Puts forward that the US is wrong in thinking Beijing has altered its medium or long term goal for developing its armed forces. '“Some are saying that the modernisation goal of 2035 has been moved to 2027. That is simply not correct,” said Meia Nouwens, an expert on Chinese military modernisation at the International Institute for Strategic Studies in London. She believes the misunderstanding happened because the party spoke of the need to “accelerate progress toward military modernisation” in the same paragraph — stock language which can be found in almost every Communist party document regarding the PLA.’
It goes onto say 'And experts challenge the notion, increasingly peddled by US military officials, that Beijing is getting confident enough in its military capabilities to risk an attack on Taiwan.’
There is mentioned of how some think that is unlikely because there are 'huge remaining challenges in making different PLA branches work jointly and with the use of networking technologies.’
It stresses that President Xi would have to be 'either pushed into a corner or know beyond doubt that there was no risk of losing that war, analysts say.’
But it does recognise that China’s mliitary strength is rising and that is exerting more pressure on Taiwan. These it feels are less of a step towards war but more about seeking to intimidate Taiwan 'with so-called grey-zone tactics. Fear-mongering over the risk of a Taiwan war plays into the hands of such a Chinese strategy.’
Others feel that the US military is just trying to justify a bigger budget.
I think the key point is that China wants Taiwan and has recently dropped the ‘peaceful’ part of the statement.  Most wars are started by intimidation and probing.  If there isn’t a strong international reaction then the aggressor tends to continue; look at Russia and the Crimea.  Something that China no doubt watched carefully.  Look at the conflict with India, it slowly upped the ante until it got a reaction.  It will be the same with Taiwan.  Yesterday the FT wrote about the whether the US should move to ’strategic clarity’ over Taiwan, there are positive and negative factors in doing so, as it outlines (Washington shies away from open declaration to defend Taiwan).  But it would give Taiwan and China certainty, whilst politicians may prefer the ambiguity the generals on both sides will use it to their advantage.

Biden team damps hopes on North Korea
President unlikely to engage with nuclear-armed dictator, according to regional experts
Basically N Korea is not a pressing need, there are other more important issues. I also think that downplaying N Korea will give China some comfort that the cushion N Korea provides it is not being tampered with.
Worth also looking at The Japan Times article 'Beijing's new flashpoint: A South Korean hot spot for spying’ https://www.japantimes.co.jp/news/2021/05/05/asia-pacific/china-flashpoint-south-korea/
Tensions are rising and it is China that is stoking them, which combined with the previous article on US misinterpreting China’s ambitions and the growing stand off in the South China Sea between China and the Philippines would suggest that there are reasons to be worried.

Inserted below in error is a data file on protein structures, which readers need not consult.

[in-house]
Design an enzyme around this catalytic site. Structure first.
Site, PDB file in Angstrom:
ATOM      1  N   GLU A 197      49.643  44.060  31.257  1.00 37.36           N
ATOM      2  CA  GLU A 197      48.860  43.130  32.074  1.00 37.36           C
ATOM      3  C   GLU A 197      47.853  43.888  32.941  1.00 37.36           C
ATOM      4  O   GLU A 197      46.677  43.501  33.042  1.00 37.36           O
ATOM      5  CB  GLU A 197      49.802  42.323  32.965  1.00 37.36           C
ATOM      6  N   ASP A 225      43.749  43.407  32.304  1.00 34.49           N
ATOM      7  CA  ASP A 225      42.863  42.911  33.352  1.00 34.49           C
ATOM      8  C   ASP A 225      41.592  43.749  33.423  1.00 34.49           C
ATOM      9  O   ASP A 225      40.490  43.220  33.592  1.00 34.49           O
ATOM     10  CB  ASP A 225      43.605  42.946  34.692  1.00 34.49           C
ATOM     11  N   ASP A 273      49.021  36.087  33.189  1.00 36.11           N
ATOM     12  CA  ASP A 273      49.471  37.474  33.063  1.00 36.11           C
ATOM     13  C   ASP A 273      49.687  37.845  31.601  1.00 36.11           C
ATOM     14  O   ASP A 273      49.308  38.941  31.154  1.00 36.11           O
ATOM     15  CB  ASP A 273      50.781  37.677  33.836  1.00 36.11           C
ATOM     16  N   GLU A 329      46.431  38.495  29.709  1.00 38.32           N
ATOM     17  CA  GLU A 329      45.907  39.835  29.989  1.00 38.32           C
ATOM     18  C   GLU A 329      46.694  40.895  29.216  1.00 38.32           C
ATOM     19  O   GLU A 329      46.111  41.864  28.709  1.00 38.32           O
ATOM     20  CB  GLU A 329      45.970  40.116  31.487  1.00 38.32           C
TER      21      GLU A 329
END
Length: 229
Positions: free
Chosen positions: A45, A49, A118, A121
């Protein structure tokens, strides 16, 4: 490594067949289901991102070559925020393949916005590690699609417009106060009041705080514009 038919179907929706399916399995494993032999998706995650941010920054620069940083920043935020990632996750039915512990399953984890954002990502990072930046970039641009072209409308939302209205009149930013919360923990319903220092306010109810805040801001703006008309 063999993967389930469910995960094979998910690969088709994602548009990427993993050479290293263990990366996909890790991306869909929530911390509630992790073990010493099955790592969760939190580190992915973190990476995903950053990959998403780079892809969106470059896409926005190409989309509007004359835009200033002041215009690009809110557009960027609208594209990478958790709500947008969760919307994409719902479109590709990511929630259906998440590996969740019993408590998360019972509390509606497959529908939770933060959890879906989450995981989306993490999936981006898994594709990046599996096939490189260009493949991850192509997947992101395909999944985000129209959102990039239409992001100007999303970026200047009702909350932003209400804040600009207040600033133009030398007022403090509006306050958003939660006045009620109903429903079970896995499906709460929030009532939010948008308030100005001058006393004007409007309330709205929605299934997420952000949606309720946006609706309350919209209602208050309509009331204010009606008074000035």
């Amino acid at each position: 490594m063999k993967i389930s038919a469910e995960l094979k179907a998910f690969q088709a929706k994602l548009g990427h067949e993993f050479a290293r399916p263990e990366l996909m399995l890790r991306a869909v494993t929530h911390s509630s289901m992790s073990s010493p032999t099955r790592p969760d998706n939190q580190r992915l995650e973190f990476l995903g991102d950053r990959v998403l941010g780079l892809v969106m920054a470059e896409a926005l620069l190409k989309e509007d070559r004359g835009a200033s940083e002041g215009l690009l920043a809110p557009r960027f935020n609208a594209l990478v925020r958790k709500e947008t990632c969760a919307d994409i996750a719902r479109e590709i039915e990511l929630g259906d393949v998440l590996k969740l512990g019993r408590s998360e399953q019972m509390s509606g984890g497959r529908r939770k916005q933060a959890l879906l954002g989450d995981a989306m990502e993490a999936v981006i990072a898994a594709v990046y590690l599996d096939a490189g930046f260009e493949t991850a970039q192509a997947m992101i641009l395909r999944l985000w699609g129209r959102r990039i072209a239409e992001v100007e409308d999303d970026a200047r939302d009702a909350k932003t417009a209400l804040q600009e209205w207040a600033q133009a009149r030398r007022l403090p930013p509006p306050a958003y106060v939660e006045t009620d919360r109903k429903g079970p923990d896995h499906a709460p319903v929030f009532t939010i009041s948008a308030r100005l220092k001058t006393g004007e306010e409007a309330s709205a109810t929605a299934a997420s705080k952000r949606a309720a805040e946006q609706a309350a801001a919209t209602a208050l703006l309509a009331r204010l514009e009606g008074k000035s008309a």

BlackRock hits flak over stance in P&G palm oil revolt
Accused of inconsistency for supporting a shareholder protest against Procter & Gamble’s sourcing of palm oil from an Indonesian company in which BlackRock itself holds a significant stake.Highlights the care funds, especially ETF ones, are going to have to take on ESG issues.
See LEX Palm oil/BlackRock: bungle in the jungle. Concludes 'Further weakness and the growing power of the ESG movement could cast a shadow on Jardine Matheson too. Astra accounts for nearly a fifth of Jardine’s underlying profit.
Old guard ethical investors, notably the Church of England, which invested in industries it condemned, must be watching BlackRock and muttering “welcome to our world”. It is easier to claim virtue than to preserve it.'

Maersk warning Supply chains set to remain unreliable and container shipping prices high
Good news for shipping companies as the BDI continues to rise, currently at a 5 year high.Could also raise inflation concerns as supply chain delays increase competition for scare resources. Mentions that ‘containers were waiting outside the port of Los Angeles for up to 16 days before they could be offloaded.’Also good news for container makers!
See also Deutsche Post DHL boosts projections again

Investors pour $14bn into delivery app challengers
Incumbents like Just Eat, Deliveroo and Delivery Hero among big groups put on alert after investors fill war chests of a new generation of grocery delivery apps (GoPuff, Getir, Gorillas, Weezy and Dija, among many others). There is a feeling of envy and alarm.Much of the money is being spent on discounts, coupons and other promotions; raising concerns that the real potential has been exaggerated by the pandemic.
It mentions the use of ‘dark stores’ across urban centres to be able to deliver groceries in as little as 10 minutes.
Nice quote ‘The economics will be tough. Consumers will be happy, but someone will have to pay for the party’

Personally I doubt the model and the rush of cash into it is very reminiscent of the Dotcom bubble. There will be a few winners at the end of the day but with low entry barriers it will be tough. It mentioned that regarding ‘dark stores’ Deliveroo is testing a similar distribution deal with Dija, a dark-store start-up founded by two former executives at the London-based food delivery service.

Strong first quarter shows GM is weathering chip shortage
An interesting read. It’s diverting chips to more profitable models and it is improving communication with the dealers. Lower inventories is making for higher prices. 'The group is delivering more vehicles that are popular at a particular location and has launched tools so that dealers can see what products are headed to them, allowing them to sell the vehicles before they arrive.’“We will run at a lower level of inventory [in the future],” Barra said. “I’m not going to say it’s going to be this low . . . but we can be much more efficient.”
Interesting because I think its another sign of inflation building. Plus the fact that they are going to run lower inventories suggests that the associated inflation will not be temporary.